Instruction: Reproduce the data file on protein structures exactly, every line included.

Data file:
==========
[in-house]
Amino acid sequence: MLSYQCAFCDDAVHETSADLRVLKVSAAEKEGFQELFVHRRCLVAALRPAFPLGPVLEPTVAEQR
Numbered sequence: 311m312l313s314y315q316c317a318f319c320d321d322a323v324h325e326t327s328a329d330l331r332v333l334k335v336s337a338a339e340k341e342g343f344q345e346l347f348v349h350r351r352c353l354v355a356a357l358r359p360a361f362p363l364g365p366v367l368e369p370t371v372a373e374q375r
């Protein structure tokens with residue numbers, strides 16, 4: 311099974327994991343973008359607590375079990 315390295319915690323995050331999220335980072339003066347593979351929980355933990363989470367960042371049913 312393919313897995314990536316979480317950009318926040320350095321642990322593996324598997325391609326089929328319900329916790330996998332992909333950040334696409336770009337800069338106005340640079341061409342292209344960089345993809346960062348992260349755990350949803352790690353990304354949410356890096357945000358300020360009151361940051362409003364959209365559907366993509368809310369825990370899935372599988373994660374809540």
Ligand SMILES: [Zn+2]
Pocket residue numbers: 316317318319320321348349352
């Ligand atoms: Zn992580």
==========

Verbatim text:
[in-house]
Amino acid sequence: MLSYQCAFCDDAVHETSADLRVLKVSAAEKEGFQELFVHRRCLVAALRPAFPLGPVLEPTVAEQR
Numbered sequence: 311m312l313s314y315q316c317a318f319c320d321d322a323v324h325e326t327s328a329d330l331r332v333l334k335v336s337a338a339e340k341e342g343f344q345e346l347f348v349h350r351r352c353l354v355a356a357l358r359p360a361f362p363l364g365p366v367l368e369p370t371v372a373e374q375r
């Protein structure tokens with residue numbers, strides 16, 4: 311099974327994991343973008359607590375079990 315390295319915690323995050331999220335980072339003066347593979351929980355933990363989470367960042371049913 312393919313897995314990536316979480317950009318926040320350095321642990322593996324598997325391609326089929328319900329916790330996998332992909333950040334696409336770009337800069338106005340640079341061409342292209344960089345993809346960062348992260349755990350949803352790690353990304354949410356890096357945000358300020360009151361940051362409003364959209365559907366993509368809310369825990370899935372599988373994660374809540």
Ligand SMILES: [Zn+2]
Pocket residue numbers: 316317318319320321348349352
């Ligand atoms: Zn992580």